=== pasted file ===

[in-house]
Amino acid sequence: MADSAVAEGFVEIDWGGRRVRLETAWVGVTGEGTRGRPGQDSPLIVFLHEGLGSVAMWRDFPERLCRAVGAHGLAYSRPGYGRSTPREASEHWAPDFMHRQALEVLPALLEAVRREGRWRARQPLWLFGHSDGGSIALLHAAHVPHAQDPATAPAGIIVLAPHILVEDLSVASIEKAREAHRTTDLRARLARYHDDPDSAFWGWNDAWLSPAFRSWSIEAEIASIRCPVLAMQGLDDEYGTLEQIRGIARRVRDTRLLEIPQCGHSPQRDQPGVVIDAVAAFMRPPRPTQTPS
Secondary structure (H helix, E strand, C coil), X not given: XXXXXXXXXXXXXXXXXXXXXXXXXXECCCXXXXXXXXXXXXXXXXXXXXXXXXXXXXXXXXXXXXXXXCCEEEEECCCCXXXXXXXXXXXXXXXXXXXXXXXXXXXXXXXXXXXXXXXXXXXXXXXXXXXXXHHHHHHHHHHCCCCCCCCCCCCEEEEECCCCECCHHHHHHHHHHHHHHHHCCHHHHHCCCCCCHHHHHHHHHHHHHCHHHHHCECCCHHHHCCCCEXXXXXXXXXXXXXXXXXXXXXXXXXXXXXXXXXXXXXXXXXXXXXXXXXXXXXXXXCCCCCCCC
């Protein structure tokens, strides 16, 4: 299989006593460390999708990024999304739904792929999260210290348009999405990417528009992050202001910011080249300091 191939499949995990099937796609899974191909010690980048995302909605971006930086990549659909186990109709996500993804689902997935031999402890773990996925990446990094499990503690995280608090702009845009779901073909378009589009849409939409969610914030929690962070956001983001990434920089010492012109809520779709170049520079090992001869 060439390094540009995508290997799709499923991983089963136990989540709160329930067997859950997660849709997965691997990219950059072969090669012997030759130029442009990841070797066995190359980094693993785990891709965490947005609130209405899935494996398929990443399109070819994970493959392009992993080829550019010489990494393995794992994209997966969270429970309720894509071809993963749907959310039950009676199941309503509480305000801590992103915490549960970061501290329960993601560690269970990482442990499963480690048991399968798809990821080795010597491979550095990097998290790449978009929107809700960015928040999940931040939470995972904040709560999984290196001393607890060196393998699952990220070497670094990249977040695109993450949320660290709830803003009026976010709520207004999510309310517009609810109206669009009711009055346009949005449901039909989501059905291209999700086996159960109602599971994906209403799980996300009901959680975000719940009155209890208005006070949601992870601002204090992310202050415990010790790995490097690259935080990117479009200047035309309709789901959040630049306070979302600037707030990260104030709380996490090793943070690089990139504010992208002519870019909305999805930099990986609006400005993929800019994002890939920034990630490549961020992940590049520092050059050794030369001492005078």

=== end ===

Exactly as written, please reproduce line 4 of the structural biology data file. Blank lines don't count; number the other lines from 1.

């Protein structure tokens, strides 16, 4: 299989006593460390999708990024999304739904792929999260210290348009999405990417528009992050202001910011080249300091 191939499949995990099937796609899974191909010690980048995302909605971006930086990549659909186990109709996500993804689902997935031999402890773990996925990446990094499990503690995280608090702009845009779901073909378009589009849409939409969610914030929690962070956001983001990434920089010492012109809520779709170049520079090992001869 060439390094540009995508290997799709499923991983089963136990989540709160329930067997859950997660849709997965691997990219950059072969090669012997030759130029442009990841070797066995190359980094693993785990891709965490947005609130209405899935494996398929990443399109070819994970493959392009992993080829550019010489990494393995794992994209997966969270429970309720894509071809993963749907959310039950009676199941309503509480305000801590992103915490549960970061501290329960993601560690269970990482442990499963480690048991399968798809990821080795010597491979550095990097998290790449978009929107809700960015928040999940931040939470995972904040709560999984290196001393607890060196393998699952990220070497670094990249977040695109993450949320660290709830803003009026976010709520207004999510309310517009609810109206669009009711009055346009949005449901039909989501059905291209999700086996159960109602599971994906209403799980996300009901959680975000719940009155209890208005006070949601992870601002204090992310202050415990010790790995490097690259935080990117479009200047035309309709789901959040630049306070979302600037707030990260104030709380996490090793943070690089990139504010992208002519870019909305999805930099990986609006400005993929800019994002890939920034990630490549961020992940590049520092050059050794030369001492005078």